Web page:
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In Memoriam: The Power Rangers: Part 3

December 26, 2009 2 comments

I’m continuing my Power Rangers tribute (Part 1; Part 2) with some lists of favorite characters.

Top Ten Female Rangers

Roughly in order of preference:

  • Amy Jo Johnson (Kimberly Hart, MMPR Pink): Need I say more? Sheer pink perfection.
  • Rose McIver (Summer Landsdowne, RPM Yellow): Softly beautiful, not as stunning as some, but a strong, warm, enthralling presence with a throaty voice like velvet and hot chocolate and cozy backrubs all rolled together.  Summer was the heart and wisdom of the RPM team, and McIver was ideally cast.
  • Emma Lahana (Kira Ford, DT Yellow): Almost as gorgeous and charismatic as Amy Jo, likeable, a good actress and capable singer.
  • Erin Cahill (Jen Scott, TF Pink): Strong, beautiful, stalwart, a convincing leader.  An effective actress who had a good rapport with her love interest and the rest of her team.
  • Thuy Trang (Trini Kwan, MMPR Yellow): A gentle, serene, exotically beautiful presence.  Trini was the second-smartest member of the team, but able to translate team genius Billy’s technobabble into comprehensible terms.  So she was an accessible brainiac, a nice role model.   Sadly Thuy Trang was killed in traffic in 2001.
  • Anna Hutchison (Lily Chilman, JF Yellow): Similar to Rose McIver, a warm, kind, soothing beauty — though hotter and sexier.  Were this by looks alone, she’d be third.  Maybe second.
  • Deborah Estelle Phillips (Katie Walker, TF Yellow): The only one here who wouldn’t be on a top ten list by looks alone.  Not unpleasant to look at, but nowhere near in the league of the others.  I just found her to be a really engaging and talented actress.
  • Catherine Sutherland (Kat Hilliard, MMPR Pink #2/Zeo Pink/Turbo Pink): Amy Jo’s replacement, and thus sure to suffer by comparison, but still one of the loveliest lady Rangers and one of the more talented.  Plus: Australian accent!
  • Tracy Lynn Cruz (Ashley Hammond, Turbo/Space Yellow): It took me a while to catch on, but she was really sexy.  She’s the actress who made me understand the phrase “You’re beautiful when you’re angry.”  On those few occasions where she got to play the bad girl or show intense emotion, her smoldering allure became evident.  Totally wasted as a clean-cut, wholesome Power Ranger.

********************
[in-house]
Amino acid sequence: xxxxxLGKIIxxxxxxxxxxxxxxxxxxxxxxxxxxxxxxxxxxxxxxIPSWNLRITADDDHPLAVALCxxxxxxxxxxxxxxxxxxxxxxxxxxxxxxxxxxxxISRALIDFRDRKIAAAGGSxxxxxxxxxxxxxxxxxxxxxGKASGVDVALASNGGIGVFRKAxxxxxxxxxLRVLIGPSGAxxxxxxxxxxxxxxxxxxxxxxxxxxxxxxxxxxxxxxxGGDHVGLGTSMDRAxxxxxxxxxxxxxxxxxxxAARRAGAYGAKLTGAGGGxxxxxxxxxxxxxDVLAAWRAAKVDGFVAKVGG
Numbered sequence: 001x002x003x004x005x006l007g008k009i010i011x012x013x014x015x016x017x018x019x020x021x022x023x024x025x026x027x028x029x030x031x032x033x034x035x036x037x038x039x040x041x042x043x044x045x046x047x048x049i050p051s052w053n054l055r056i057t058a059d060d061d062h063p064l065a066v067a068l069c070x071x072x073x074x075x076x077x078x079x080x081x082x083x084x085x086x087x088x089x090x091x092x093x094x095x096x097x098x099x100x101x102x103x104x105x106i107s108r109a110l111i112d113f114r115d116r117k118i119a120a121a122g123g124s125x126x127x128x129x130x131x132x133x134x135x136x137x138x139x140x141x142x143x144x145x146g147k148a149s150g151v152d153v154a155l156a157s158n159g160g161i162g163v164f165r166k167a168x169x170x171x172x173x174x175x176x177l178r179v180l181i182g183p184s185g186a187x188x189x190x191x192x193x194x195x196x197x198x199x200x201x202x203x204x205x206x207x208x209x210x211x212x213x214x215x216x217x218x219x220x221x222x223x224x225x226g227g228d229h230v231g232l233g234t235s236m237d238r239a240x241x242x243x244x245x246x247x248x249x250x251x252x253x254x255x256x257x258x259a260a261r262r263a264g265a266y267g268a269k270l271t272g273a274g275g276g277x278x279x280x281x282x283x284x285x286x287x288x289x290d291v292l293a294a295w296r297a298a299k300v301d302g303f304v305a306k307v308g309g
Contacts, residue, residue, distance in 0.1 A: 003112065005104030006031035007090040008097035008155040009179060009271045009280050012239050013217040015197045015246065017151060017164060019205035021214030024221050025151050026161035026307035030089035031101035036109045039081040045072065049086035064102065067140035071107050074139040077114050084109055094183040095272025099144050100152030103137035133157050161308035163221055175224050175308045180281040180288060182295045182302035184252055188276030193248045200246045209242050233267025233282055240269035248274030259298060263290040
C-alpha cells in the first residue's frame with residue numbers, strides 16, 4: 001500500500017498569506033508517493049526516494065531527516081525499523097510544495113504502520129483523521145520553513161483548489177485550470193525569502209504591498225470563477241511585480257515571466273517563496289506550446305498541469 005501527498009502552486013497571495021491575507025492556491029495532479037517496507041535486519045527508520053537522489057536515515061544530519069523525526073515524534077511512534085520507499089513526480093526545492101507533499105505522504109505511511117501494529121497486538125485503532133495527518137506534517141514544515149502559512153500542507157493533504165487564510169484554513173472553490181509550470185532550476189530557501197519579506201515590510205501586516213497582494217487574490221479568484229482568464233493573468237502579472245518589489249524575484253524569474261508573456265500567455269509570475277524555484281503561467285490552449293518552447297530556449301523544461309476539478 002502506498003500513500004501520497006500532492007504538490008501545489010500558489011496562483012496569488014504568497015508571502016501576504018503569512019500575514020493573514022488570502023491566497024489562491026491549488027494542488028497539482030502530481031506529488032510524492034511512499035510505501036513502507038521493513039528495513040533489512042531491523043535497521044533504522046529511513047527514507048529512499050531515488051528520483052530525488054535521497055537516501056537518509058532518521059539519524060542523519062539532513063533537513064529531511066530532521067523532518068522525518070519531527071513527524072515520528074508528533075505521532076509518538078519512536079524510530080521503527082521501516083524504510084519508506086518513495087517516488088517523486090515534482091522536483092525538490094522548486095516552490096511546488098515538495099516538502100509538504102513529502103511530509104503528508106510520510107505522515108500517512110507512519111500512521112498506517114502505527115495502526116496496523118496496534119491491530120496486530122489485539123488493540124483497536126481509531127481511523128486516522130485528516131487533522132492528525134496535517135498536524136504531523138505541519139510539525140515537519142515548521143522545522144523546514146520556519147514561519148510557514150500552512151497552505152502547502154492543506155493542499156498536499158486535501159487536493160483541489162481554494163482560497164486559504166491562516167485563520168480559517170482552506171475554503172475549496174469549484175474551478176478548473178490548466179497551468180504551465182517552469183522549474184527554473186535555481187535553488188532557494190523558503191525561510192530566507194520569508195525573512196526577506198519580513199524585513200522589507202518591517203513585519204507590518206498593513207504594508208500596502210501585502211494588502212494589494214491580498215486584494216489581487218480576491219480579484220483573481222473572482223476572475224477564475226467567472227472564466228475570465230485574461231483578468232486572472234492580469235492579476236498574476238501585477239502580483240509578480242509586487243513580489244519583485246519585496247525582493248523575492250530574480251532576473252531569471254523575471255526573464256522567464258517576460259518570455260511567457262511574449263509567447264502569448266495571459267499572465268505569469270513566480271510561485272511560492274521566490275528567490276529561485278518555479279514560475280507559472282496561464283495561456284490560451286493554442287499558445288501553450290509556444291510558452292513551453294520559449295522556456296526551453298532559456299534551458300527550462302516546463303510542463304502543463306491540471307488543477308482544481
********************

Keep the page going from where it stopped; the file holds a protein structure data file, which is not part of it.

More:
• Melody Perkins (Karone, Space Pink #2): The shortest-lived Pink Ranger, filling in for about a dozen episodes when her predecessor had to leave the show.  She got three great episodes in a row dealing with how the former queen of evil adjusted to being a Ranger, but then was unfortunately marginalized for the rest of the season.  She’s here for those three episodes, for being really hot as a blonde in black leather, and for recognition of what might have been.
  • Honorable mention: Karan Ashley, Nakia Burrise, Patricia Ja Lee, Jessica Rey, Melanie Vallejo, Caitlin Murphy, Rhoda Montemayor: Mostly here for their beauty.  Vallejo would be higher if she’d had more to do.  And Ja Lee would be lower if she weren’t just so damn good-looking.  She’s probably the weakest actress ever to play a Ranger; she never seemed able to convey any emotion beyond the struggle to remember her next line.

Top Four Female Allies

Roughly in order of preference:

  • Dr. K (Olivia Tennet, RPM): The adolescent genius who invented the RPM tech and gives the best technobabble explanations in the history of the series.  Aloof, cold, mechanical, but with a truly moving, tragic backstory to explain it.  Over the series, she gradually regains her humanity, but remains perhaps the most poignant PR character ever.
  • Michelle Langstone (Kat Manx, SPD): A hot alien cat-woman who was the team’s tech whiz.  She got to be a Power Ranger for one episode, making her the only appealing female Ranger that season.
  • Monica Louwerens (Angela Fairweather, LR):  The originator of the “female inventor of Ranger tech” archetype, and a strikingly beautiful woman.
  • Udonna (Peta Rutter, MF): Technically a Ranger herself, but out of action for most of the series.  The Mystic Rangers’ wise mentor, ultimately revealed as Nick’s mother.  Not a hottie, but an effective presence.

Top Eight(-ish) Female Villains

Roughly in order of preference:

  • Hilary Shepard Turner (Divatox, Turbo): Viva la Diva! No villain has ever enjoyed being bad quite so much.  Not the sexiest villainess, but the template for sexy PR villainesses to follow (though most were henchwomen rather than archnemeses), and certainly the most fun as a performer.  Turner brought great comic flair to the role.